Full Policy Name:
Topics: Land Use Regulation, Land Use and Planning
Policy type: Ordinance
Year: 2014
About:

The City of Ypsilanti amended its zoning ordinance to allow for more food vending and entrepreneurial opportunities and to increase food access. The ordinance permits food concessions sales as temporary uses in primarily commercial, business, or recreational zoning districts. In addition to applying for a temporary use permits, food concession sales vendors must provide evidence of approvals from the Washtenaw County Public Health Department and/or the Michigan Department of Agriculture and Rural Development (MDARD) for concession sales and a transient merchant license or a special peddler’s license from the Office of the City Clerk, as applicable. Additionally, food concessions sales vendors must adhere to other provisions regarding hours of operation, sanitation, sound, outdoor cooking, and location designations. Certain concessions sales may be allowed as a principal or accessory use under approval through the Special Land Use approval process or by a city planner. The ordinance does not apply to mobile vendors who move around frequently and remain stationed at a single location for no more than 30 minutes.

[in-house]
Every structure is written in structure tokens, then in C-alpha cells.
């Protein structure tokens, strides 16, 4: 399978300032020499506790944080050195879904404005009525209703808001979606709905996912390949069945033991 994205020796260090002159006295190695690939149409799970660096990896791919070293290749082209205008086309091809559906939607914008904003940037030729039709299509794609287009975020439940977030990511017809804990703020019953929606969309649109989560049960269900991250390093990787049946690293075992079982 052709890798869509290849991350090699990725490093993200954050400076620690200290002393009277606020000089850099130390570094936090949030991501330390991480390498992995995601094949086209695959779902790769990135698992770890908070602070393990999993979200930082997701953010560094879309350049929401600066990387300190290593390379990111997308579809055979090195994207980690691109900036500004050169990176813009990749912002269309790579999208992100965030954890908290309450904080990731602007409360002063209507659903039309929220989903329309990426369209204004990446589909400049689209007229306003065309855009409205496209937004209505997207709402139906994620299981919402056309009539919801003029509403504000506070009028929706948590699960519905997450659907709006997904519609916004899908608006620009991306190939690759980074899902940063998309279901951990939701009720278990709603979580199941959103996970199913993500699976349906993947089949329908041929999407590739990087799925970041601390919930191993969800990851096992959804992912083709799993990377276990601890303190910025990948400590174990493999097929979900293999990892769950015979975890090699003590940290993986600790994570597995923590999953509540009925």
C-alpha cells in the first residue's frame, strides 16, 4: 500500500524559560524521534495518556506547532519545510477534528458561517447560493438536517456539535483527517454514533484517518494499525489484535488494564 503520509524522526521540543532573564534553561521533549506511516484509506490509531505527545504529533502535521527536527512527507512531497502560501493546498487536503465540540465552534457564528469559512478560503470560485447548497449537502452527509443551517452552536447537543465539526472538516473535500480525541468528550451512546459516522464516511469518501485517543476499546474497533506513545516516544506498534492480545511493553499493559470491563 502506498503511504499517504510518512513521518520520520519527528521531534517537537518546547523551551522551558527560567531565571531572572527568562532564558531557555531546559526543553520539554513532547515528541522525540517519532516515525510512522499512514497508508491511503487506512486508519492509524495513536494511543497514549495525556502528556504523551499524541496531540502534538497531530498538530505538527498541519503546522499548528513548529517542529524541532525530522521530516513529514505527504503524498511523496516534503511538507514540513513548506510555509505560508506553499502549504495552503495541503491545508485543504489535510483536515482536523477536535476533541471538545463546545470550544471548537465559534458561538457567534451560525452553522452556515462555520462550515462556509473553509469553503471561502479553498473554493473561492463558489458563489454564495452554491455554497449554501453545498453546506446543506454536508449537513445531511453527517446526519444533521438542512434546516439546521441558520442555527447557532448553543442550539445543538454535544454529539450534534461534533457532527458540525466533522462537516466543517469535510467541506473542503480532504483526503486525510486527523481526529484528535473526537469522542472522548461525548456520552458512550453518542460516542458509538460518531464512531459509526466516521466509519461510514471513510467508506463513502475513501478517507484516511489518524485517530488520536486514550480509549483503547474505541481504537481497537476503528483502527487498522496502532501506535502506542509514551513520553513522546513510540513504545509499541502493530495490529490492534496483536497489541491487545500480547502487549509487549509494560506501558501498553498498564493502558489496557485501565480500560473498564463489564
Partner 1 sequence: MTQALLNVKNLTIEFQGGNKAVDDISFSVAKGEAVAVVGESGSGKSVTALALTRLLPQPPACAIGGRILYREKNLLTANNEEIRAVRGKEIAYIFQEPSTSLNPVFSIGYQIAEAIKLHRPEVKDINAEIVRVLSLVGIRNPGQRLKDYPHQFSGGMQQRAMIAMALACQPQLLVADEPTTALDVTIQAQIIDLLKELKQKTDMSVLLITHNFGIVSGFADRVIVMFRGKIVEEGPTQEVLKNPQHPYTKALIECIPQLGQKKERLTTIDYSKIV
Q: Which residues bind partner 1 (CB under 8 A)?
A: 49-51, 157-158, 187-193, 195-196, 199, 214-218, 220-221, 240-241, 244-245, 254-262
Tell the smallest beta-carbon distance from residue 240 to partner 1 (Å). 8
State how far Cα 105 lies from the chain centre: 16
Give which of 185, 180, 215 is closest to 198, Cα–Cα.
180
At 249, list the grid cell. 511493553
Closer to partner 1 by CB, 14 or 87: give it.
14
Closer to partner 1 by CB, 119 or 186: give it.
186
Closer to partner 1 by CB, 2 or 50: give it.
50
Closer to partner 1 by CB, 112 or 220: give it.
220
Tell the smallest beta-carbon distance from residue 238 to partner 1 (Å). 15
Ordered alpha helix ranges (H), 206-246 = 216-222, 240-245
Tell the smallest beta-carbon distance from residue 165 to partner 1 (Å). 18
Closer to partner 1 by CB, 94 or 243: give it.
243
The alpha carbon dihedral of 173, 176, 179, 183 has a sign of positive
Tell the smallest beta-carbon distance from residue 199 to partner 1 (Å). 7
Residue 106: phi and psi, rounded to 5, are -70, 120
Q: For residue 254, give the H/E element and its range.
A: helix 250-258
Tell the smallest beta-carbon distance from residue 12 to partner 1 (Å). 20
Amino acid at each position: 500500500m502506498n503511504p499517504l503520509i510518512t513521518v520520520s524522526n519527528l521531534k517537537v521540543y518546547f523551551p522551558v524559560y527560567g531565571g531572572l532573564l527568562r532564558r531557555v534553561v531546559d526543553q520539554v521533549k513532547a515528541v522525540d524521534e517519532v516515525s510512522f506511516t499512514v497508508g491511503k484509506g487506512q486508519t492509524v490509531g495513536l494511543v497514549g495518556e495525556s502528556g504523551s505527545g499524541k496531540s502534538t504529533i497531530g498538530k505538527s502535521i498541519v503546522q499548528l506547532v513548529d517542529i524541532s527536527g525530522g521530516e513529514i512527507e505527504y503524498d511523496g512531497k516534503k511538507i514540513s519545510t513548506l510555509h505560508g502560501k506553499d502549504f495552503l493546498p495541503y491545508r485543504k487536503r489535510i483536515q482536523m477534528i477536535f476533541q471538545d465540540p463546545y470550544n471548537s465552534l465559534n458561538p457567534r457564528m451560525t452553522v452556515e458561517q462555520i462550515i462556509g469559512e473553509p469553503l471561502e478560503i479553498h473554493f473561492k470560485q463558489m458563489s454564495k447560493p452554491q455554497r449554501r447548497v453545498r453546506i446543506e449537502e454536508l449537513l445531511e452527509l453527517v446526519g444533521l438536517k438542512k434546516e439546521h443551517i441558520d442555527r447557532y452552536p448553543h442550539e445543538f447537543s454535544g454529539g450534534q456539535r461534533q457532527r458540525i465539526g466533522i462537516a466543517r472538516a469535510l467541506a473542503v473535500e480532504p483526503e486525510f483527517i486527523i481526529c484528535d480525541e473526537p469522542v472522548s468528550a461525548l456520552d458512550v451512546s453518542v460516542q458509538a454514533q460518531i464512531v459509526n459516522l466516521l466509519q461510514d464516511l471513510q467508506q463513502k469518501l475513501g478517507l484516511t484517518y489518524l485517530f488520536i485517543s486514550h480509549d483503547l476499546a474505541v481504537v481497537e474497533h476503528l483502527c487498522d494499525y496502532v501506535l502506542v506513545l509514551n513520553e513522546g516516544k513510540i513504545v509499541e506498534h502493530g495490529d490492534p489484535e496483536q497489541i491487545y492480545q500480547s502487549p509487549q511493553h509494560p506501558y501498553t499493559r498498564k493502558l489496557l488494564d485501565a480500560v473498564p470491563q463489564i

Relationship to food access, food insecurity, or local food economies:

While academic research demonstrating the economic impacts of mobile food vending is limited, a report from a non-profit organization in Los Angeles found that food vendors contributed substantially to the local economy through sales generated, jobs created, and food sourcing from neighborhood stores (Yen Liu, Burns, & Flaming 2015). Ypsilanti’s zoning ordinance may also allow mobile vendors to potentially contribute to the local food economy by creating such multiplier effects.

Scale of Governance: City
Summary Link: URL
Policy Text Link: URL
Michigan Good Food Charter Priority: Priority 1 - Increase healthy food access & consumption, Priority 6 - Use policy & planning to increase food access
References:

Yen Liu, Y., Burns, P., & Flaming, D. (2015). Sidewalk Stimulus: Economic and Geographic Impact of Los Angeles Street Vendors. Economic Roundtable: Los Angeles, California. Retrieved on November 8, 2016 from LINK.